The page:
Conscious Aging

Posted on in Healthy Living by Carol Orsborn

A Generation of Seekers
Coming into Age


Imagine an old man seated on a mountaintop, his body still, his eyes in an unfocused gaze. We’d be likely to assume that he was having a transcendent experience, grateful to be in his presence. Now imagine that same old man seated on a bench in Golden Gate Park. Most people rushing by, if they notice him at all, would think it a pity he wasn’t doing more to help himself: something productive like an exercise class or an encore career.

In a youth-centric society that privileges the young and reviles aging, the antidote to dread has been peppy variations of “reinvention.” Don’t like the idea of aging? Just don’t do it! Call upon bravado and denial to simply transform growing older into an extension of midlife.

But as this juxtaposition between mountaintop and park bench reveals, there is growing dissonance between how mainstream society views aging, and how what sociologist Wade Clark Roof termed “a generation of seekers” intends to grow old.

In a nutshell, a growing number of aging seekers—enough, in fact, to call it a movement—are turning old stereotypes of aging on their heads. Rather than a dread or denial of aging, there is a growing embrace of growing old as a new life stage of its own, a culmination rather than a failure. In this view, old age carries the potential to be the payoff for all the years of hard work we’ve invested in questioning the norms, exploring alternative ways of relating to the world, and devoting ourselves to spiritual practice. In this radical view of aging, spirituality is not just a salve for the problem of growing old. Rather, aging itself is experienced as a spiritual path, an experience for which we are deeply grateful.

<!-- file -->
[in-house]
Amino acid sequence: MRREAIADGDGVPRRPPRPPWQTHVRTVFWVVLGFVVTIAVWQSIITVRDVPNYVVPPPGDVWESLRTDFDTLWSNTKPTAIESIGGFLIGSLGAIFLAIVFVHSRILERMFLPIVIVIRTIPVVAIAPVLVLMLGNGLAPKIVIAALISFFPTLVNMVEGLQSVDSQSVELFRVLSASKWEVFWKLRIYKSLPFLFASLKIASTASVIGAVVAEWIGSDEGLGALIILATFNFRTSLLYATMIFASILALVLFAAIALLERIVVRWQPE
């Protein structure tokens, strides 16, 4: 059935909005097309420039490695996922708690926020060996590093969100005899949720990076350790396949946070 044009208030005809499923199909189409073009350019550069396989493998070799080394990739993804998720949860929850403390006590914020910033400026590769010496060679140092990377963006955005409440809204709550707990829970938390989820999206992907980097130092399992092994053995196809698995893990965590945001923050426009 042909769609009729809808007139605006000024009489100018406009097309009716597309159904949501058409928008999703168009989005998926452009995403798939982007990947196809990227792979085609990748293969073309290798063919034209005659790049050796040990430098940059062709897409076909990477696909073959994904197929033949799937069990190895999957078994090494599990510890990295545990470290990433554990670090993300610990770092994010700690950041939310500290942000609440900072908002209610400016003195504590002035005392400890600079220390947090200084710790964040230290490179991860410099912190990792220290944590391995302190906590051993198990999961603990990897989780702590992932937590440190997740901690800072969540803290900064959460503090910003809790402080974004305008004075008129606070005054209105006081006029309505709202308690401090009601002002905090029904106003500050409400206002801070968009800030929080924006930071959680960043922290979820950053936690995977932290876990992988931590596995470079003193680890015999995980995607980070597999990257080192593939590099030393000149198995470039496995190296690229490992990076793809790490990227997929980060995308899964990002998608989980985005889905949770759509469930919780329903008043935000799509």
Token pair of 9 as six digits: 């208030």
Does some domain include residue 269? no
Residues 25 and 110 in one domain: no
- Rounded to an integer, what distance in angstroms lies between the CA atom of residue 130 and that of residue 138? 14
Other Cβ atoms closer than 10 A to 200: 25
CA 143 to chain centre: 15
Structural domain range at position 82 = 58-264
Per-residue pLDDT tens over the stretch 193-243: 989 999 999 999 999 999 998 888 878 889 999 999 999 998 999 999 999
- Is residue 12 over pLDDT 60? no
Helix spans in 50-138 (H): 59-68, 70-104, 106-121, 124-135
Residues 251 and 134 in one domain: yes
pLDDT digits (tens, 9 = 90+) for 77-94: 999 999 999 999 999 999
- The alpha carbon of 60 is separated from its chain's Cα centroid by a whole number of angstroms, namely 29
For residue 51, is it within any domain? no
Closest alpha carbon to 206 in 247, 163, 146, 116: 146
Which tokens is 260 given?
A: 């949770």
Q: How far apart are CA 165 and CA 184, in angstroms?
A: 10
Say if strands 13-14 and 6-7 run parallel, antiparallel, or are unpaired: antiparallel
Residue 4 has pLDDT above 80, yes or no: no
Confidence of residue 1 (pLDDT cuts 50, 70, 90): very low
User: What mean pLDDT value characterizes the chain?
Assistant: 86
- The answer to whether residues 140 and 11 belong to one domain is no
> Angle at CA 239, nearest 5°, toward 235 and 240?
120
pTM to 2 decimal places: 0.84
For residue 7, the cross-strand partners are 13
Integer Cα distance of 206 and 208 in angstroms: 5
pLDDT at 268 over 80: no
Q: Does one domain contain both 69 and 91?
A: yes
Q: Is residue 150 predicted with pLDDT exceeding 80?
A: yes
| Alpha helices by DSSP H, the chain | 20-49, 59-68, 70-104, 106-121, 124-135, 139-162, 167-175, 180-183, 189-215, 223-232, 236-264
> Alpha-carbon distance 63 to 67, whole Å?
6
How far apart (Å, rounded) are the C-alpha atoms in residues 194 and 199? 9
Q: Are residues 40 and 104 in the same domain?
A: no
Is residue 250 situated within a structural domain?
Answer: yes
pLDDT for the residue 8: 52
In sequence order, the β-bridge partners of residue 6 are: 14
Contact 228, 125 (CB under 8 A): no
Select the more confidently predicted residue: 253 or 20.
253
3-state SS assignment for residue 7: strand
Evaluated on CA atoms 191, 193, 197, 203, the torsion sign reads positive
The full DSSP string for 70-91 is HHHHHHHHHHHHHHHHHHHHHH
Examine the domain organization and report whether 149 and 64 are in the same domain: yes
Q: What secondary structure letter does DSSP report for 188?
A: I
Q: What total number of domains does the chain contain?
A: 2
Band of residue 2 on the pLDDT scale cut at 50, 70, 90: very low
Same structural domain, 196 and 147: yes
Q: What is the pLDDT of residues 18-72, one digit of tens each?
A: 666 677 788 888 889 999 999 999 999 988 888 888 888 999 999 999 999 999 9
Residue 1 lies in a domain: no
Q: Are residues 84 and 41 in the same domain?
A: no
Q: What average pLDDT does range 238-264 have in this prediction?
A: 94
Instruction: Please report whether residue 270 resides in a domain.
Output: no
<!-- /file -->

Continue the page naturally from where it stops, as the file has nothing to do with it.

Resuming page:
Given the organic losses associated with aging, mystics of many traditions speak to the challenge of facing the ultimate questions with which we are increasingly confronted as we age. However, there are many of us in the boomer generation who have been preparing ourselves for this moment all of our lives. It isn’t surprising that this incipient movement has loosely affiliated under the banner “conscious aging,” nor that many of the thought leaders lighting the path ahead are names that have been familiar to us through multiple life stages.

For instance, Ram Dass, author of Still Here: Embracing Aging, Changing, and Dying, calls aging “a curriculum for becoming more conscious” ( And the late Zalman Schachter-Shalomi, author of From Age-ing to Sage-ing: A Profound New Vision of Growing Older, writes: “No longer will you dread the evening of life as a time of unremitting suffering and futility, but as an opportunity for continued growth in consciousness and service to humanity.”

There’s an epicenter for the movement, the Conscious Aging Alliance, consisting of 12 organizations that have banded together to pioneer this new, largely unexplored territory beyond midlife. These include players with deep roots in the consciousness movement, such as the Institute of Noetic Sciences, Fierce with Age, and the Center for Conscious Eldering. There are local, national, and international conferences and retreats; training programs to become coaches for aging boomers; and a boom in books and digests on related subjects. A cadre of experts, including scholars, gerontologists, and religious leaders, share a prophetic vision of aging that beckons us to take into account both the light and the shadow side of growing old, neither romanticizing nor reviling the years beyond midlife.